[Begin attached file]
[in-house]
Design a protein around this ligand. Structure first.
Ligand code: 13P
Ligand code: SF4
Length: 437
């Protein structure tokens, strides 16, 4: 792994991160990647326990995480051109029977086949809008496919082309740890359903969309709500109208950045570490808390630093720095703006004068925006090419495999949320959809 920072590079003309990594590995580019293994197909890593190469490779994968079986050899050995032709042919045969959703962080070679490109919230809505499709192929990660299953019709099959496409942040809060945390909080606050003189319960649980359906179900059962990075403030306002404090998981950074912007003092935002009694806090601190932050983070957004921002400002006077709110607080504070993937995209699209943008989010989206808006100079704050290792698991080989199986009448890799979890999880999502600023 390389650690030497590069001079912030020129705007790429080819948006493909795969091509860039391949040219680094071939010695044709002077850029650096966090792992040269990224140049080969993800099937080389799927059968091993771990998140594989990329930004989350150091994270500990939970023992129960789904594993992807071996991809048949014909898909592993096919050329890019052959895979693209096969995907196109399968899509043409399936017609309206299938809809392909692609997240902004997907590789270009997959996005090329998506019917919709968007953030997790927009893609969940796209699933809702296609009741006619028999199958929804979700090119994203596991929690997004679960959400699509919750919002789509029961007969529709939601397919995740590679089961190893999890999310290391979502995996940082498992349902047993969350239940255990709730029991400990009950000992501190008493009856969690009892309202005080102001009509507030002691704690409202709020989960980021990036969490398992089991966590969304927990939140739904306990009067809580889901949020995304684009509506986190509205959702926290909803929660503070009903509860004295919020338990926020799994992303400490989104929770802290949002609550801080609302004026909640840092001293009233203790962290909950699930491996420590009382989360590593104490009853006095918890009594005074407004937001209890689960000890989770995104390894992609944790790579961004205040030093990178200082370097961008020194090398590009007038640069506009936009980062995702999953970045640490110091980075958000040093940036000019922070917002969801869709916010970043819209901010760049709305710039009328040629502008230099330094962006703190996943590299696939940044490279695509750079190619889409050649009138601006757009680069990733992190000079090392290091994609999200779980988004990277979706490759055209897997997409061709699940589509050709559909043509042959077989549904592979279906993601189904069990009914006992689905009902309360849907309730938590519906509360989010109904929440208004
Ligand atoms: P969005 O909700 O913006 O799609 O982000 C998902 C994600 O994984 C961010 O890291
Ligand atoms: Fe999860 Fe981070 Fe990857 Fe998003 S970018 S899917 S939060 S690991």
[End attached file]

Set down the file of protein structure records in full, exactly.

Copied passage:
[in-house]
Design a protein around this ligand. Structure first.
Ligand code: 13P
Ligand code: SF4
Length: 437
């Protein structure tokens, strides 16, 4: 792994991160990647326990995480051109029977086949809008496919082309740890359903969309709500109208950045570490808390630093720095703006004068925006090419495999949320959809 920072590079003309990594590995580019293994197909890593190469490779994968079986050899050995032709042919045969959703962080070679490109919230809505499709192929990660299953019709099959496409942040809060945390909080606050003189319960649980359906179900059962990075403030306002404090998981950074912007003092935002009694806090601190932050983070957004921002400002006077709110607080504070993937995209699209943008989010989206808006100079704050290792698991080989199986009448890799979890999880999502600023 390389650690030497590069001079912030020129705007790429080819948006493909795969091509860039391949040219680094071939010695044709002077850029650096966090792992040269990224140049080969993800099937080389799927059968091993771990998140594989990329930004989350150091994270500990939970023992129960789904594993992807071996991809048949014909898909592993096919050329890019052959895979693209096969995907196109399968899509043409399936017609309206299938809809392909692609997240902004997907590789270009997959996005090329998506019917919709968007953030997790927009893609969940796209699933809702296609009741006619028999199958929804979700090119994203596991929690997004679960959400699509919750919002789509029961007969529709939601397919995740590679089961190893999890999310290391979502995996940082498992349902047993969350239940255990709730029991400990009950000992501190008493009856969690009892309202005080102001009509507030002691704690409202709020989960980021990036969490398992089991966590969304927990939140739904306990009067809580889901949020995304684009509506986190509205959702926290909803929660503070009903509860004295919020338990926020799994992303400490989104929770802290949002609550801080609302004026909640840092001293009233203790962290909950699930491996420590009382989360590593104490009853006095918890009594005074407004937001209890689960000890989770995104390894992609944790790579961004205040030093990178200082370097961008020194090398590009007038640069506009936009980062995702999953970045640490110091980075958000040093940036000019922070917002969801869709916010970043819209901010760049709305710039009328040629502008230099330094962006703190996943590299696939940044490279695509750079190619889409050649009138601006757009680069990733992190000079090392290091994609999200779980988004990277979706490759055209897997997409061709699940589509050709559909043509042959077989549904592979279906993601189904069990009914006992689905009902309360849907309730938590519906509360989010109904929440208004
Ligand atoms: P969005 O909700 O913006 O799609 O982000 C998902 C994600 O994984 C961010 O890291
Ligand atoms: Fe999860 Fe981070 Fe990857 Fe998003 S970018 S899917 S939060 S690991």